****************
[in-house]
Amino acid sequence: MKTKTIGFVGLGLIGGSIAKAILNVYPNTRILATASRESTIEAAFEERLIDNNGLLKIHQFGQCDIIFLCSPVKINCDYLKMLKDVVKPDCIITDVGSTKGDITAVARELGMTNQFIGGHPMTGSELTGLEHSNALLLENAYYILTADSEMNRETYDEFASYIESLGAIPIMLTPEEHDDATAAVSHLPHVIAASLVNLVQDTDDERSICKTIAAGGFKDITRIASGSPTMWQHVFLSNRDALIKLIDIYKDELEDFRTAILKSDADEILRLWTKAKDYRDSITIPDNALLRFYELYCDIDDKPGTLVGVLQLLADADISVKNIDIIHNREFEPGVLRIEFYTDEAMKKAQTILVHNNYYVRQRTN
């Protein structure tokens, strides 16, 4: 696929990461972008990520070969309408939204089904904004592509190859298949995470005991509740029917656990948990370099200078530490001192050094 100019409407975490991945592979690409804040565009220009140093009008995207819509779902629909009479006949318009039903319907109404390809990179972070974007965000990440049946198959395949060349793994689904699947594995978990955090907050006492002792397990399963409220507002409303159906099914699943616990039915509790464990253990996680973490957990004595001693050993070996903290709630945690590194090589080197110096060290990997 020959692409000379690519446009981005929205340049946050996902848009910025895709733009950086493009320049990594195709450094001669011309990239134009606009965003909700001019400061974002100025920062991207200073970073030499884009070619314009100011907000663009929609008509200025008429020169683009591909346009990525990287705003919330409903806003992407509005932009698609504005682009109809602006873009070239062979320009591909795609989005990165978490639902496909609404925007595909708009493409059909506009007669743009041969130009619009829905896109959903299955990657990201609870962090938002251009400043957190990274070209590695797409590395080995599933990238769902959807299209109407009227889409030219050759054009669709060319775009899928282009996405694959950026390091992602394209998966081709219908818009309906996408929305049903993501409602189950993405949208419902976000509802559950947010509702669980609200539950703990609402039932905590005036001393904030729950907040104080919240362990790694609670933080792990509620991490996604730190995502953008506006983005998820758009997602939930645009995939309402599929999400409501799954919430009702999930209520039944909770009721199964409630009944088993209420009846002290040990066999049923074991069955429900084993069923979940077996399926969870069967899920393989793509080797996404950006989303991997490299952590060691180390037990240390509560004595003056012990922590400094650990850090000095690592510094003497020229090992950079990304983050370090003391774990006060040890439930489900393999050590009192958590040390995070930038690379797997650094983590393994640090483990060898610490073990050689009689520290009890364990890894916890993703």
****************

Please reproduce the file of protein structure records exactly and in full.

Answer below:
[in-house]
Amino acid sequence: MKTKTIGFVGLGLIGGSIAKAILNVYPNTRILATASRESTIEAAFEERLIDNNGLLKIHQFGQCDIIFLCSPVKINCDYLKMLKDVVKPDCIITDVGSTKGDITAVARELGMTNQFIGGHPMTGSELTGLEHSNALLLENAYYILTADSEMNRETYDEFASYIESLGAIPIMLTPEEHDDATAAVSHLPHVIAASLVNLVQDTDDERSICKTIAAGGFKDITRIASGSPTMWQHVFLSNRDALIKLIDIYKDELEDFRTAILKSDADEILRLWTKAKDYRDSITIPDNALLRFYELYCDIDDKPGTLVGVLQLLADADISVKNIDIIHNREFEPGVLRIEFYTDEAMKKAQTILVHNNYYVRQRTN
């Protein structure tokens, strides 16, 4: 696929990461972008990520070969309408939204089904904004592509190859298949995470005991509740029917656990948990370099200078530490001192050094 100019409407975490991945592979690409804040565009220009140093009008995207819509779902629909009479006949318009039903319907109404390809990179972070974007965000990440049946198959395949060349793994689904699947594995978990955090907050006492002792397990399963409220507002409303159906099914699943616990039915509790464990253990996680973490957990004595001693050993070996903290709630945690590194090589080197110096060290990997 020959692409000379690519446009981005929205340049946050996902848009910025895709733009950086493009320049990594195709450094001669011309990239134009606009965003909700001019400061974002100025920062991207200073970073030499884009070619314009100011907000663009929609008509200025008429020169683009591909346009990525990287705003919330409903806003992407509005932009698609504005682009109809602006873009070239062979320009591909795609989005990165978490639902496909609404925007595909708009493409059909506009007669743009041969130009619009829905896109959903299955990657990201609870962090938002251009400043957190990274070209590695797409590395080995599933990238769902959807299209109407009227889409030219050759054009669709060319775009899928282009996405694959950026390091992602394209998966081709219908818009309906996408929305049903993501409602189950993405949208419902976000509802559950947010509702669980609200539950703990609402039932905590005036001393904030729950907040104080919240362990790694609670933080792990509620991490996604730190995502953008506006983005998820758009997602939930645009995939309402599929999400409501799954919430009702999930209520039944909770009721199964409630009944088993209420009846002290040990066999049923074991069955429900084993069923979940077996399926969870069967899920393989793509080797996404950006989303991997490299952590060691180390037990240390509560004595003056012990922590400094650990850090000095690592510094003497020229090992950079990304983050370090003391774990006060040890439930489900393999050590009192958590040390995070930038690379797997650094983590393994640090483990060898610490073990050689009689520290009890364990890894916890993703």